Last revised: December 31, 2022
By: Adam Burns
Louisiana may not contain a considerable number of railroad museums or scenic train rides as tourist attractions.
However, thanks to the important city of New Orleans, the Pelican State has been a key in the movement of freight and passengers since the 19th century.
The country's only railroads to run the spine of America, Illinois Central and Gulf, Mobile & Ohio, connected New Orleans with Chicago while several other important systems also reached there.
These included the Southern Railway, Louisville & Nashville, Kansas City Southern, Texas & Pacific (Missouri Pacific) and even the Texas & New Orleans.
The latter was a Southern Pacific subsidiary, enabling that carrier to provide freight and passengers access all the way to Southern California!
Two other railroads also penetrated the state but never served New Orleans, the St. Louis-San Francisco Railway (Frisco) and Atchison, Topeka & Santa Fe.
The latter's failure to reach the city was somewhat surprising given its immense power and success.
Today, Louisiana is home to four organizations dedicated to railroad preservation; the DeQuincy Railroad Museum, Louisiana Steam Train Association, Old Hickory Railroad, and the Southern Forest Heritage Museum.
According to the January, 2007 issue of Trains Magazine's which featured a nearly cover-to-cover subject on all 50 states entitled, "Great Railroading: State-By-State," Louisiana's involvement with railroads began with the Pontchartrain Railroad's chartering.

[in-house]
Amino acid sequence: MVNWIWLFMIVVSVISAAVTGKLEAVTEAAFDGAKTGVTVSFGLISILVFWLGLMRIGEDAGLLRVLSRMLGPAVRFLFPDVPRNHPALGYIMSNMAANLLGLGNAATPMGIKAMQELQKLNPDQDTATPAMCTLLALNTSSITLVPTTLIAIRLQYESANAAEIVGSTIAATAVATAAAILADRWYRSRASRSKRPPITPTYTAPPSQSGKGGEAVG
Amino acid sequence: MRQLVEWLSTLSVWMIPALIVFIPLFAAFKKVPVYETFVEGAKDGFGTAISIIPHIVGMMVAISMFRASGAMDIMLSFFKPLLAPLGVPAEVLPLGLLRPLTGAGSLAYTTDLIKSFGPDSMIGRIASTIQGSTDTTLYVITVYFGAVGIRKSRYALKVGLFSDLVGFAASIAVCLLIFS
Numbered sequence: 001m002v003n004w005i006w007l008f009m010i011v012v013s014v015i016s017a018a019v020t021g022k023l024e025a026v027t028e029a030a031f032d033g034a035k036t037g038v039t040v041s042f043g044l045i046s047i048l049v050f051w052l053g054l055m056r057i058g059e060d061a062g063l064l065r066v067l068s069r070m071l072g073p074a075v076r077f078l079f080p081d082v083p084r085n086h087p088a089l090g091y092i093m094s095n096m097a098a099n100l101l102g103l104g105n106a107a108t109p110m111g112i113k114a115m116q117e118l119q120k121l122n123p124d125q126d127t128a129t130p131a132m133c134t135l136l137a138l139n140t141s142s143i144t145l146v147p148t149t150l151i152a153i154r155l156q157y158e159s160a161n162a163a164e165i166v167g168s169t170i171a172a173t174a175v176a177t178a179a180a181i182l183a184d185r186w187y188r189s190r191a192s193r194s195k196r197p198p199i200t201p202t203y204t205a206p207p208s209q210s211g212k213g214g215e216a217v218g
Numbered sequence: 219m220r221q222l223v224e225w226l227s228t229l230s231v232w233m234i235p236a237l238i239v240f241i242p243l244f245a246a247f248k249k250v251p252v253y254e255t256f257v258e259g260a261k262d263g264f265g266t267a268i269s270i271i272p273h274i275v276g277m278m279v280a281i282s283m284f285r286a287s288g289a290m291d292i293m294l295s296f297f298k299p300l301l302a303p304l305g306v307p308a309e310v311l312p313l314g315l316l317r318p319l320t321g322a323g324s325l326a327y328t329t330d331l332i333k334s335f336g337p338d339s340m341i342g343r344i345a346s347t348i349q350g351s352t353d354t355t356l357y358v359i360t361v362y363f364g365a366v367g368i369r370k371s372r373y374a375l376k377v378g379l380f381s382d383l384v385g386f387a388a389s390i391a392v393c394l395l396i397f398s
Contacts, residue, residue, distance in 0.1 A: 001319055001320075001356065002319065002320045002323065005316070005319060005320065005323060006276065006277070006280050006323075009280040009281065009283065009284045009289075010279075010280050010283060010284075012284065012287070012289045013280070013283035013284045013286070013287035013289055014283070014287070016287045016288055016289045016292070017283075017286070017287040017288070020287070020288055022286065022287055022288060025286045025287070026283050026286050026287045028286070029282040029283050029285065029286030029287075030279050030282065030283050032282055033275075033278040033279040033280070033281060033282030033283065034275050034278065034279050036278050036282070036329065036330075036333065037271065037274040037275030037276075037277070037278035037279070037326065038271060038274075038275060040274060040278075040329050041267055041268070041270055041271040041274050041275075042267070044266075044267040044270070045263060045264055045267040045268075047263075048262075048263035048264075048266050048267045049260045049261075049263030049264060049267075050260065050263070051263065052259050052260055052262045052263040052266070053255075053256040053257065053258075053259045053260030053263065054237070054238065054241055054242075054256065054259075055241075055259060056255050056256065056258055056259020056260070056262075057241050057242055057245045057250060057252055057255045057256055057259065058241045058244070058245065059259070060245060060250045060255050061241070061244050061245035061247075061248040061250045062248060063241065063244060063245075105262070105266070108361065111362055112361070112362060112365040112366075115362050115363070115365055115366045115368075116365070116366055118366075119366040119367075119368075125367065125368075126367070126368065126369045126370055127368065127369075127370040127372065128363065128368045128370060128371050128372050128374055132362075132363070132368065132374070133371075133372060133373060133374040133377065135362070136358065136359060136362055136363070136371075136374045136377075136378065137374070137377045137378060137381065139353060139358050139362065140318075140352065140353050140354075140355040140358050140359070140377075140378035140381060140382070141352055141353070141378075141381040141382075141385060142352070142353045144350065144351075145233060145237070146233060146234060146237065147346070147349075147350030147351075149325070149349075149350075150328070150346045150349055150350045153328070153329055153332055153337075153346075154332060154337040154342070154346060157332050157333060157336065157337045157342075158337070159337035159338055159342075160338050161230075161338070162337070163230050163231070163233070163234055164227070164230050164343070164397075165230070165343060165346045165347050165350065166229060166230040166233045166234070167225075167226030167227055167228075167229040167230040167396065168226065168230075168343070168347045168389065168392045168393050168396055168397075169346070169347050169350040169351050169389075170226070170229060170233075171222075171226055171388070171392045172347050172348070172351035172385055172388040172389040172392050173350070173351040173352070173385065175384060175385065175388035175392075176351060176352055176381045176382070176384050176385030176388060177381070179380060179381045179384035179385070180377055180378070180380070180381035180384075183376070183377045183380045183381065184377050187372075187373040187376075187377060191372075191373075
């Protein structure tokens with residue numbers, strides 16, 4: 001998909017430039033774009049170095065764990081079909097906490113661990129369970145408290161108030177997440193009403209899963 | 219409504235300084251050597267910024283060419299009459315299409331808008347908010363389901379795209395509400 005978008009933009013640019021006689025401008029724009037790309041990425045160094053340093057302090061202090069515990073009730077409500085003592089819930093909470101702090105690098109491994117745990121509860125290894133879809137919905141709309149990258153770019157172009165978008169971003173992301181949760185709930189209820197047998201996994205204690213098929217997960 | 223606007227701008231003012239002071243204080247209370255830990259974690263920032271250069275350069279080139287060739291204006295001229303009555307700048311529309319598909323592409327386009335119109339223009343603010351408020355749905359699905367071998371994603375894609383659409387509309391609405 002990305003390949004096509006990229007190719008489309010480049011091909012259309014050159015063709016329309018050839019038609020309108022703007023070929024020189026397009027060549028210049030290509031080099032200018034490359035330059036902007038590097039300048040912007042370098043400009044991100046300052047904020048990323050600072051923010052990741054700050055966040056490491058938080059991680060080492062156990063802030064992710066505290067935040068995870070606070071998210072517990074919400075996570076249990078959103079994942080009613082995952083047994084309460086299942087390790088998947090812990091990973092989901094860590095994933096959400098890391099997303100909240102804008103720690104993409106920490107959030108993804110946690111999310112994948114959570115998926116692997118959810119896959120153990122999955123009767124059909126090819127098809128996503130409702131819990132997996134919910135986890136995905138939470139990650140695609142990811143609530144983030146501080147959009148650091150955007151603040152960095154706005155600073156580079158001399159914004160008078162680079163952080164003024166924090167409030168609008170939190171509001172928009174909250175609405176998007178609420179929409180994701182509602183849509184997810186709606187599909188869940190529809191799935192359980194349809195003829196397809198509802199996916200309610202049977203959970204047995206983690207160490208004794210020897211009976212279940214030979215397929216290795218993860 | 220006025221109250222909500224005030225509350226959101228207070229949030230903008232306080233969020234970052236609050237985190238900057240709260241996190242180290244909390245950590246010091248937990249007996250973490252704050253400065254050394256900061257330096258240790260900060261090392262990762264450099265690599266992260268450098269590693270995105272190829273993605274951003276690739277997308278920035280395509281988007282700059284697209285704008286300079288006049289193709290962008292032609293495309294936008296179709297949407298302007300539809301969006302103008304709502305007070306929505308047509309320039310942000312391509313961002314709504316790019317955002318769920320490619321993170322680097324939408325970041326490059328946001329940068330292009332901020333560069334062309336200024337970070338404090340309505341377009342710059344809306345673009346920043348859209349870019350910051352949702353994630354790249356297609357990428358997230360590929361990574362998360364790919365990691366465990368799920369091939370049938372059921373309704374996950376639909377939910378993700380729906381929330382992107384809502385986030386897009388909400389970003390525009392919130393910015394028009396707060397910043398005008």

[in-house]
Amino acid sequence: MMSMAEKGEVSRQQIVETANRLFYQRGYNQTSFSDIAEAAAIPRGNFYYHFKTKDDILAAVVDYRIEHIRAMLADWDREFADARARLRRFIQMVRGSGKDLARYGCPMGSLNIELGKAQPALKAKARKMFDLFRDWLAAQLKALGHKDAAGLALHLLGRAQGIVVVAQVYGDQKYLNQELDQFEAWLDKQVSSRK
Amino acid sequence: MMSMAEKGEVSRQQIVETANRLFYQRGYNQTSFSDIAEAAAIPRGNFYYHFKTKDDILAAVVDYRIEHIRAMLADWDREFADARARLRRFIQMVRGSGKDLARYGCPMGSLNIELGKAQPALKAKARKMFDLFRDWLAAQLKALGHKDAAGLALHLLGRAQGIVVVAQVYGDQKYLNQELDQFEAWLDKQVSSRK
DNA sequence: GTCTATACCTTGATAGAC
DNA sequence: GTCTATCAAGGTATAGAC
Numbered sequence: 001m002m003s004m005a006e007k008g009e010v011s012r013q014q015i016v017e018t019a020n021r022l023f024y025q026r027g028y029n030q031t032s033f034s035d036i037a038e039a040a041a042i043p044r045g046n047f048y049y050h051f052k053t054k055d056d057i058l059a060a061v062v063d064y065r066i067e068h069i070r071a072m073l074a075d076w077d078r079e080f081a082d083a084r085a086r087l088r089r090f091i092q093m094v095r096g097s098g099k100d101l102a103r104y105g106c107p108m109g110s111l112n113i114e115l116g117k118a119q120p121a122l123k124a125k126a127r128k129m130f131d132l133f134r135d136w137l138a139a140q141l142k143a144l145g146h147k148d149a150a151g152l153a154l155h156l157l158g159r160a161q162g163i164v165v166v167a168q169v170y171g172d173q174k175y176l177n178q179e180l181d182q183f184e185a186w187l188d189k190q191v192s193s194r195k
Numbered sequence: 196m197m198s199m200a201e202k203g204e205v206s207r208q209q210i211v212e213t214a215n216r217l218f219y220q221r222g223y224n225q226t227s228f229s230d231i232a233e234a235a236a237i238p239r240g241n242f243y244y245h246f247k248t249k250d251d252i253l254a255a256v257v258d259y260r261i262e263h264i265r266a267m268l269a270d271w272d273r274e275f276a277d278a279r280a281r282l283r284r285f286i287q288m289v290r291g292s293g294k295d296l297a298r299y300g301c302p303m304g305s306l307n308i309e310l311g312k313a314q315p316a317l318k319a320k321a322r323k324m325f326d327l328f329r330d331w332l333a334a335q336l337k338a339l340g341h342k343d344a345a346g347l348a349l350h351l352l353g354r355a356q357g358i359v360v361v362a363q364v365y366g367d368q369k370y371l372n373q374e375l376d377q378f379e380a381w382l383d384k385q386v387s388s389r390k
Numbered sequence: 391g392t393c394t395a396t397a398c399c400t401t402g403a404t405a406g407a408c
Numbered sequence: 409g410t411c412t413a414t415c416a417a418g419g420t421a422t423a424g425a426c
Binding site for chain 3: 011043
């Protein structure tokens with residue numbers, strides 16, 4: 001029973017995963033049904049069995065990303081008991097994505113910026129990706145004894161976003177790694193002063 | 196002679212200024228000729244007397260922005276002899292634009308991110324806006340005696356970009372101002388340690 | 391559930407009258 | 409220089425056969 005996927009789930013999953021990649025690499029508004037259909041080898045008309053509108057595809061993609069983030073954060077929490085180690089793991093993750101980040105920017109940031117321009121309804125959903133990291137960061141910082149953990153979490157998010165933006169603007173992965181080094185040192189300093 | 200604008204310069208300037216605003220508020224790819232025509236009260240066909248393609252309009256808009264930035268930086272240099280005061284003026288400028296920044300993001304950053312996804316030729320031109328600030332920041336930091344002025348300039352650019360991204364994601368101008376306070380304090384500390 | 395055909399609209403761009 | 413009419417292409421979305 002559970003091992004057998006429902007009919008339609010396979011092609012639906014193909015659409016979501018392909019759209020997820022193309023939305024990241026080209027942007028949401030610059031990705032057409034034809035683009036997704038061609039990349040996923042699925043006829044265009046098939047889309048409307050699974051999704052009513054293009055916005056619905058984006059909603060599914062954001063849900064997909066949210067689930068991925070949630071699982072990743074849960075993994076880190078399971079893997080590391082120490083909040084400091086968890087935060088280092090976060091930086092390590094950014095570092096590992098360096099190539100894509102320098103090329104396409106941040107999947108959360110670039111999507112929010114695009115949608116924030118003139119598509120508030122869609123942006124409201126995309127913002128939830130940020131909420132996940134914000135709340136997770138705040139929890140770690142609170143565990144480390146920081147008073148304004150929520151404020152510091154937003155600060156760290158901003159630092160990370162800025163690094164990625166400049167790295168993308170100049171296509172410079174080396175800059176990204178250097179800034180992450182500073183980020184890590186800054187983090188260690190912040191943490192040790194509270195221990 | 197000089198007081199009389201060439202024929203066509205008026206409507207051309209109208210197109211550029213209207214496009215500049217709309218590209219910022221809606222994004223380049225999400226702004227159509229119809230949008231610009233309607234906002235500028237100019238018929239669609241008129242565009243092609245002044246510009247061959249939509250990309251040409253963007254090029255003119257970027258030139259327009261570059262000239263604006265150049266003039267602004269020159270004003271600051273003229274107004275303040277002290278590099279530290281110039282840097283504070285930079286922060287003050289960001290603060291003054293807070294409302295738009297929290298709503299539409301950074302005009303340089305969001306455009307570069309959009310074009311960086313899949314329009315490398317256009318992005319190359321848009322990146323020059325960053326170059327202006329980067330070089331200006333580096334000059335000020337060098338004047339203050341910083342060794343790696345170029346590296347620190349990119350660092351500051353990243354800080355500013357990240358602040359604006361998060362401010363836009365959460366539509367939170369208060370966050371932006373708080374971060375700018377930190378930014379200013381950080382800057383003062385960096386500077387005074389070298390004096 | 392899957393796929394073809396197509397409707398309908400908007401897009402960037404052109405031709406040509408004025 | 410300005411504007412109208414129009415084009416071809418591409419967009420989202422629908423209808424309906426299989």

The company was born on January 20, 1830, earning it a distinction as the first chartered west of the Allegheny Mountains.
Its purpose was to link New Orleans with Lake Pontchartrain, a distance of about 5 miles. Construction began on March 10th that same year with tracks laid down along what is today Elysian Fields Avenue in New Orleans.
Promoters saw it as a way to improve transportation from the Vieux Carré (French Quarter) to the port of Milneburg on the lakefront. After only a year the line (laid to the standard-gauge of 4 feet, 8 1/2 inches) was opened for passenger service on April 24, 1831.
Initially, horses were used but on June 15, 1832 the first steam locomotive entered service, named "The Shields" (horses would remain in use until 1861).
It proved only marginally successful and was replaced a few months later by an English design; named "The Pontchartrain," which began running on September 27th.
Since the lake could be accessed through The Rigolets and Lake Borgne, ocean-going vessels from the Gulf of Mexico were able to reach Milneburg, sparking an economic boom.
The town handled commerce but was predominantly known as an entertainment venue and resort. The musical style of jazz became popular and a train regarded as "Smoky Mary" brought numerous visitors to hear the likes of Louis Armstrong and Danny Barker.
Into the 20th century, the Pontchartrain Railroad's importance faded. First, it was acquired by the New Orleans, Mobile & Texas Railroad in 1871, a system subsequently added to the Louisville & Nashville's growing empire in 1881.
The Pontchartrain's short length, increased use of the automobile, development of electrified streetcars, and loss of Milneburg following construction of a seawall in the late 1920's left little need for the railroad.
Passenger service ended on March 15, 1932, followed by freight trains three years later.